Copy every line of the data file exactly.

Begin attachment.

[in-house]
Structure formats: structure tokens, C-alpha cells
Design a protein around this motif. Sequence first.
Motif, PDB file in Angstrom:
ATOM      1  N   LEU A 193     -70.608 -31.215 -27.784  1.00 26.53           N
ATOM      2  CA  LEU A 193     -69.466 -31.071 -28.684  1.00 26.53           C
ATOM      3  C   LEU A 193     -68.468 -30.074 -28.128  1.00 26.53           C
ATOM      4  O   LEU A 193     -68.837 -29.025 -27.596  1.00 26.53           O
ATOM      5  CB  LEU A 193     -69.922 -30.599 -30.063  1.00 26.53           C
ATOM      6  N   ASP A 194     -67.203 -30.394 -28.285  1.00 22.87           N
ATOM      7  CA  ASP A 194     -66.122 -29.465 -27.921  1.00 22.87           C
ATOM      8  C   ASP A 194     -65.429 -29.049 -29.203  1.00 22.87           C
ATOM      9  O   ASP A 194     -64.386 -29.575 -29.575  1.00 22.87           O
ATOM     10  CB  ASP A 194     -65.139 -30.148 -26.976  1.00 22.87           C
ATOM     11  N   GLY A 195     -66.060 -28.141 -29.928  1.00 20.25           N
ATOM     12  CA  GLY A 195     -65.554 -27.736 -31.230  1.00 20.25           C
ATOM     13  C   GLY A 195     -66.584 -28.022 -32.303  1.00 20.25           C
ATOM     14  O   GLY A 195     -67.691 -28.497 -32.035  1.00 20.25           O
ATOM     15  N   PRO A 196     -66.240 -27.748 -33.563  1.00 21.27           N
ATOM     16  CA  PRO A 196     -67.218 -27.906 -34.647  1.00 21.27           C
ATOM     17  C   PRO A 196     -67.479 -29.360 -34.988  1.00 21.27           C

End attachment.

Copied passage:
[in-house]
Structure formats: structure tokens, C-alpha cells
Design a protein around this motif. Sequence first.
Motif, PDB file in Angstrom:
ATOM      1  N   LEU A 193     -70.608 -31.215 -27.784  1.00 26.53           N
ATOM      2  CA  LEU A 193     -69.466 -31.071 -28.684  1.00 26.53           C
ATOM      3  C   LEU A 193     -68.468 -30.074 -28.128  1.00 26.53           C
ATOM      4  O   LEU A 193     -68.837 -29.025 -27.596  1.00 26.53           O
ATOM      5  CB  LEU A 193     -69.922 -30.599 -30.063  1.00 26.53           C
ATOM      6  N   ASP A 194     -67.203 -30.394 -28.285  1.00 22.87           N
ATOM      7  CA  ASP A 194     -66.122 -29.465 -27.921  1.00 22.87           C
ATOM      8  C   ASP A 194     -65.429 -29.049 -29.203  1.00 22.87           C
ATOM      9  O   ASP A 194     -64.386 -29.575 -29.575  1.00 22.87           O
ATOM     10  CB  ASP A 194     -65.139 -30.148 -26.976  1.00 22.87           C
ATOM     11  N   GLY A 195     -66.060 -28.141 -29.928  1.00 20.25           N
ATOM     12  CA  GLY A 195     -65.554 -27.736 -31.230  1.00 20.25           C
ATOM     13  C   GLY A 195     -66.584 -28.022 -32.303  1.00 20.25           C
ATOM     14  O   GLY A 195     -67.691 -28.497 -32.035  1.00 20.25           O
ATOM     15  N   PRO A 196     -66.240 -27.748 -33.563  1.00 21.27           N
ATOM     16  CA  PRO A 196     -67.218 -27.906 -34.647  1.00 21.27           C
ATOM     17  C   PRO A 196     -67.479 -29.360 -34.988  1.00 21.27           C